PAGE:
But on Monday, after the boards of each party had backed their own leader, Mr. Söder suddenly changed his position. He continued to push for his right to run for chancellor during a closed-door meeting of conservative lawmakers on Tuesday. After four hours of discussions, nearly two-thirds of those present expressed their support for the Bavarian leader — including members of Mr. Laschet’s party.
In a country that views the art of compromise as a valuable skill for a leader, the public game of political chicken could come at a high price. At a time when the environmentalist Greens have rapidly risen in popularity and are now nipping at the conservatives’ heels, they can ill afford such a public display of disharmony.
“At the end of the day, both have to decide between themselves. There is no set procedure that clearly defines how this will end,” said Prof. Thorsten Fass, a political scientist at Berlin’s Free University. Regardless of who runs as the candidate, the damage of the fight will still have to be repaired, Professor Fass said. “It is not a good way to start an election year.”
Both contenders have said they would like the matter to be decided by the end of the week, and pressure from inside both parties is growing for a quick resolution.
Four other political parties are vying to win the most votes on Sept. 26 and seize power by forming a government and naming a chancellor.
The center-left Social Democrats, who have been the junior party in Ms. Merkel’s government coalition since 2017, have already named the finance minister and vice-chancellor, Olaf Scholz, as their choice for chancellor. The Greens, currently polling as the second-strongest party ahead of the Social Democrats and close behind the conservatives, are scheduled to announce their candidate on Monday.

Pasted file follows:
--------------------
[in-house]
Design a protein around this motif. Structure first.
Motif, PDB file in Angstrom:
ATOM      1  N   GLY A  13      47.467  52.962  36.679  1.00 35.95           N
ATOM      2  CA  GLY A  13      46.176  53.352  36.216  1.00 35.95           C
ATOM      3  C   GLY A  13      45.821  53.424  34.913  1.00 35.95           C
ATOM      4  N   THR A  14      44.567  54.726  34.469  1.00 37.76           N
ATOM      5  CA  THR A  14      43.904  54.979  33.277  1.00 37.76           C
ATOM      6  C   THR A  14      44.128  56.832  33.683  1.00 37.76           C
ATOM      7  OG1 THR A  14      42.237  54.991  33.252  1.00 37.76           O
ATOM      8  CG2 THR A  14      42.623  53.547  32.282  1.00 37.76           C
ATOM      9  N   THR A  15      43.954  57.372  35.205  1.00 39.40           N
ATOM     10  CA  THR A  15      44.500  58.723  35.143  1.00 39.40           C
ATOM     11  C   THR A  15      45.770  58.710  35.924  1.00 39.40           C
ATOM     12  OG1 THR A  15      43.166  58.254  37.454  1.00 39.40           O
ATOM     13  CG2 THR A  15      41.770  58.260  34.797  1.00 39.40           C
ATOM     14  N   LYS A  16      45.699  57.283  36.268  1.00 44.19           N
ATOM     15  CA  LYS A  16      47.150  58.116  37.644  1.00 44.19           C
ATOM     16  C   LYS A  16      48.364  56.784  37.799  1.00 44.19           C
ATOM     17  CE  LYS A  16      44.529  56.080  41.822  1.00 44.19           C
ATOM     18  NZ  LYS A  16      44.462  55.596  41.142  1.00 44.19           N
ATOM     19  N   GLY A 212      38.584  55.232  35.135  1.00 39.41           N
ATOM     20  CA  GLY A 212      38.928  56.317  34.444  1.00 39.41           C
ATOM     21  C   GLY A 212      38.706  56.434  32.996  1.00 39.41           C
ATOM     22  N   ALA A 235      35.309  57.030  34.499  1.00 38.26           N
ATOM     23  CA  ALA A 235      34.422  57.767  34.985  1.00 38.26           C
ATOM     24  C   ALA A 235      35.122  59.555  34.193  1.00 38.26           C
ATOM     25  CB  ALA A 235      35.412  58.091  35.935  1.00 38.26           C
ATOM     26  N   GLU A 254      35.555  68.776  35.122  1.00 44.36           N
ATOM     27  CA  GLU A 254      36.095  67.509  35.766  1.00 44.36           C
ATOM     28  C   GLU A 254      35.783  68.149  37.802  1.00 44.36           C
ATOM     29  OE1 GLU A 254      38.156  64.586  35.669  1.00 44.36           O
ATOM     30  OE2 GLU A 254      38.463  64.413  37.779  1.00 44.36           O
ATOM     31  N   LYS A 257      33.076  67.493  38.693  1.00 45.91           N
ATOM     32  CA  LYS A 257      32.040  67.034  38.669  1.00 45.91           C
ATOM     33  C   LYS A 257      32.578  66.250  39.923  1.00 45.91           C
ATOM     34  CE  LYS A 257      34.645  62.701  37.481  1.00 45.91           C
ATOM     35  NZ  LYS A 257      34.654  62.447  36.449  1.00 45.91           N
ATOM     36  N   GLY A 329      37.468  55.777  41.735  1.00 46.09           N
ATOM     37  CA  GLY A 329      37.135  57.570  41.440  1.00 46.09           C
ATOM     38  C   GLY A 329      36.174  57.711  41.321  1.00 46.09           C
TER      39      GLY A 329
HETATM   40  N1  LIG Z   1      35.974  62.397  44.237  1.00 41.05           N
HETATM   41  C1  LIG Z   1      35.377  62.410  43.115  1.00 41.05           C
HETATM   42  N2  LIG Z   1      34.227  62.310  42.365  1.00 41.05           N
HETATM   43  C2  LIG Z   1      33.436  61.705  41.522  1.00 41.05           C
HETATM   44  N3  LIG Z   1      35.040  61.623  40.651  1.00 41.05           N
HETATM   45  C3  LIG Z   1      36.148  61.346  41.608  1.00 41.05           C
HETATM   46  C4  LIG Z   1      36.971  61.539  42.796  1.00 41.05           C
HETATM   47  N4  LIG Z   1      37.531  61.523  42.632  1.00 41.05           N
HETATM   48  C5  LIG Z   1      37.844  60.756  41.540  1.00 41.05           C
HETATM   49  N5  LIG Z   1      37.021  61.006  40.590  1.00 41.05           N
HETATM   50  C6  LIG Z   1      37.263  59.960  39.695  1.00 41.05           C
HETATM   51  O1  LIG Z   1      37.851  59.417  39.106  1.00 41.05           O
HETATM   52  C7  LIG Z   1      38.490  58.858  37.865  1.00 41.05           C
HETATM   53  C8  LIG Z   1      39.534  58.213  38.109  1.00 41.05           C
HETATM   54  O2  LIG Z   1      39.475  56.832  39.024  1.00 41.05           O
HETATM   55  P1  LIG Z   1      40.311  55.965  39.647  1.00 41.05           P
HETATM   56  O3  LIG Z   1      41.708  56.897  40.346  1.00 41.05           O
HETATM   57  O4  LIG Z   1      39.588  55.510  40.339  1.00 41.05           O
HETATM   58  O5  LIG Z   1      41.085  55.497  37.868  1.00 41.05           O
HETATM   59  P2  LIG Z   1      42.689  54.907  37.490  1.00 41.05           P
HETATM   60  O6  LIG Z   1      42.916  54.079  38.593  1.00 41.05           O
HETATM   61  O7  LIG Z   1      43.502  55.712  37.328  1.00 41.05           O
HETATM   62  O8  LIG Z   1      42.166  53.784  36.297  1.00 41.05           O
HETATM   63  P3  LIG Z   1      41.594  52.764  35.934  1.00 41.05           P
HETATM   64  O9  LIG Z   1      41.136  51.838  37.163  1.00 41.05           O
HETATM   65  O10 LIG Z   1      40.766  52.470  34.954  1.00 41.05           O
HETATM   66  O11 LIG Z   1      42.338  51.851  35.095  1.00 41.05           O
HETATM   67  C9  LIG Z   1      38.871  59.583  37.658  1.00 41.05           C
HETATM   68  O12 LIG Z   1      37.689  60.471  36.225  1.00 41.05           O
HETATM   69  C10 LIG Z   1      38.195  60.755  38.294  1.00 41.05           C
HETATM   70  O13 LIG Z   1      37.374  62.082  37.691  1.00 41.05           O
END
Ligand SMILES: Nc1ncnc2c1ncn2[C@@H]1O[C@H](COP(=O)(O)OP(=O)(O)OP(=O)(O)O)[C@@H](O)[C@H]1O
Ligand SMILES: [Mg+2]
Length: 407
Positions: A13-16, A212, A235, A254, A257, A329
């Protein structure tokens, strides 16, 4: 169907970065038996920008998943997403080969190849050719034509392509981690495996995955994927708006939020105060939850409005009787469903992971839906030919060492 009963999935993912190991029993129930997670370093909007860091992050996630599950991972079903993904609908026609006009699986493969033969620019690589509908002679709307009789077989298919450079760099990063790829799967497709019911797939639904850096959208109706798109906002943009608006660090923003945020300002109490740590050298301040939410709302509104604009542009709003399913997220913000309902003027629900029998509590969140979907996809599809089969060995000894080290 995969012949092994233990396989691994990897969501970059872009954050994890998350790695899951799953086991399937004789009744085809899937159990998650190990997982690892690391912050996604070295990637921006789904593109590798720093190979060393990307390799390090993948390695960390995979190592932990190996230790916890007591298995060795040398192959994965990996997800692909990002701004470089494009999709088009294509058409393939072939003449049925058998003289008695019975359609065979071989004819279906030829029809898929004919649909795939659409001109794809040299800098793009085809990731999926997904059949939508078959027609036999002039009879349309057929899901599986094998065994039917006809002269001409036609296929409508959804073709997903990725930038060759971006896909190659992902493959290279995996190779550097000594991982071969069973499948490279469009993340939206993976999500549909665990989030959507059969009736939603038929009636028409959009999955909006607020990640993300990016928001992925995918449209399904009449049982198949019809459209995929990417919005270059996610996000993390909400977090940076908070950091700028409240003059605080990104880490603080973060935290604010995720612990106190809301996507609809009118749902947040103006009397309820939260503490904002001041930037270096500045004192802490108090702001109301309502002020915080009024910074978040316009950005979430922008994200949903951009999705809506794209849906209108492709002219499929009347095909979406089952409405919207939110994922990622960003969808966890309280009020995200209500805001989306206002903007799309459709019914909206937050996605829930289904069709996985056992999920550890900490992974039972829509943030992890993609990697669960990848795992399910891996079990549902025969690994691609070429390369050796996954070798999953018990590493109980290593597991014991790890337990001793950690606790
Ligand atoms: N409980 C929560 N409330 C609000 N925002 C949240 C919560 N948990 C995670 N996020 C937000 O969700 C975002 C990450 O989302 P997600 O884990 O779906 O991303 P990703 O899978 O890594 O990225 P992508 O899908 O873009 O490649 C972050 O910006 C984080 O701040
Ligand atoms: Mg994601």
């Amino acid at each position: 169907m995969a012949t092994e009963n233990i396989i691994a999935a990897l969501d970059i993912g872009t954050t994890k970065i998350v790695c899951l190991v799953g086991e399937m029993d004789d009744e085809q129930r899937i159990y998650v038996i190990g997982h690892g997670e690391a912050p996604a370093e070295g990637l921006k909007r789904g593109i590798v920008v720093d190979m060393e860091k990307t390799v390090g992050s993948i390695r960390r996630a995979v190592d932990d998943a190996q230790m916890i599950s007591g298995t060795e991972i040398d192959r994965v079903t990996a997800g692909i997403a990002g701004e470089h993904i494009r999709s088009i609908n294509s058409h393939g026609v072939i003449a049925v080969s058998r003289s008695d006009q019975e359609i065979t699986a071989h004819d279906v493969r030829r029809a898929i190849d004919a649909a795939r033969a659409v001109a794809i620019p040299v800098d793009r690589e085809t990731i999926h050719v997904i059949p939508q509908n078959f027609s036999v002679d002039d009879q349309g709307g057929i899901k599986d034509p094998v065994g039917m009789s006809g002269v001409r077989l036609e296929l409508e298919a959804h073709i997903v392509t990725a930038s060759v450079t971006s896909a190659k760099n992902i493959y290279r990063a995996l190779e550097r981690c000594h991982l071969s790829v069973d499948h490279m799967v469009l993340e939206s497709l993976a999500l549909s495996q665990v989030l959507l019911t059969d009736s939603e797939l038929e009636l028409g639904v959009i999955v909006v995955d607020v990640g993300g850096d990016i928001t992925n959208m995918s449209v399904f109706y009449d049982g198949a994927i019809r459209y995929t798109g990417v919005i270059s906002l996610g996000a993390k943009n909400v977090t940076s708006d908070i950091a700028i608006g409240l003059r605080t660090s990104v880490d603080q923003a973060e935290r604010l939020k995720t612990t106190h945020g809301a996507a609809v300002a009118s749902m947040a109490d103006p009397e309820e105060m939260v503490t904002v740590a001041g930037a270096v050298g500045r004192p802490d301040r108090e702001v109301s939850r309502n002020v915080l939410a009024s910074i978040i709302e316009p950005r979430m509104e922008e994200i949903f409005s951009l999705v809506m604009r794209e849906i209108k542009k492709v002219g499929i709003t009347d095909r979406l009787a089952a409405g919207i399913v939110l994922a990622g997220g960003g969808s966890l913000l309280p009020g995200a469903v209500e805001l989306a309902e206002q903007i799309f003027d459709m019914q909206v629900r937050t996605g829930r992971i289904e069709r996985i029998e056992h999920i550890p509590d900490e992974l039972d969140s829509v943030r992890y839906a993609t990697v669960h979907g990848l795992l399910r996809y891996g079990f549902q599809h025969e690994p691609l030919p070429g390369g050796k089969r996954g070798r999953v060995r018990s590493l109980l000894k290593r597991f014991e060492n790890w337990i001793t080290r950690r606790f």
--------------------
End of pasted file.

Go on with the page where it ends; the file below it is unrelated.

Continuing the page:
Not everyone is ready to count out Mr. Laschet yet. He is a politician whose recent successes, winning the governorship of North Rhine-Westphalia over a well-liked incumbent and the monthslong race for the Christian Democrat leadership in January, both saw him grasping victory after coming from behind.
Mr. Laschet also has the backing of some of the most senior and influential members of his party, including the former finance minister Wolfgang Schäuble, who has been around since the first time the conservatives split over a chancellor candidate in 1979.
“If Laschet has the nerve and still has his party’s leadership behind him, then Söder could say that he accepts this, then use his position to negotiate a strong minister post for his party in a potential future government,” said Ursula Münch, director of the Academy for Political Education in Tutzing.
On the other hand, if enough pressure from within the party builds on Mr. Laschet, he could concede to Mr. Söder for the sake of the party and the need to move ahead. That would hand the Bavarian leader a victory that would serve to enforce his reputation as a sharp-witted maverick who will change his policies to fit the public mood. As public favor in Bavaria shifted from the far-right Alternative for Germany party to the environmentalist Greens, he abandoned an anti-immigrant stance and embraced a push to save honey bees, to the ire of farmers who have long formed the grass roots of his party.
“He is intelligent, quick and rhetorically strong,” Ms. Münch said of Mr. Söder. “He is able to push people into a corner while keeping a back door open for himself, and in that sense, Laschet can’t hold a candle to him.”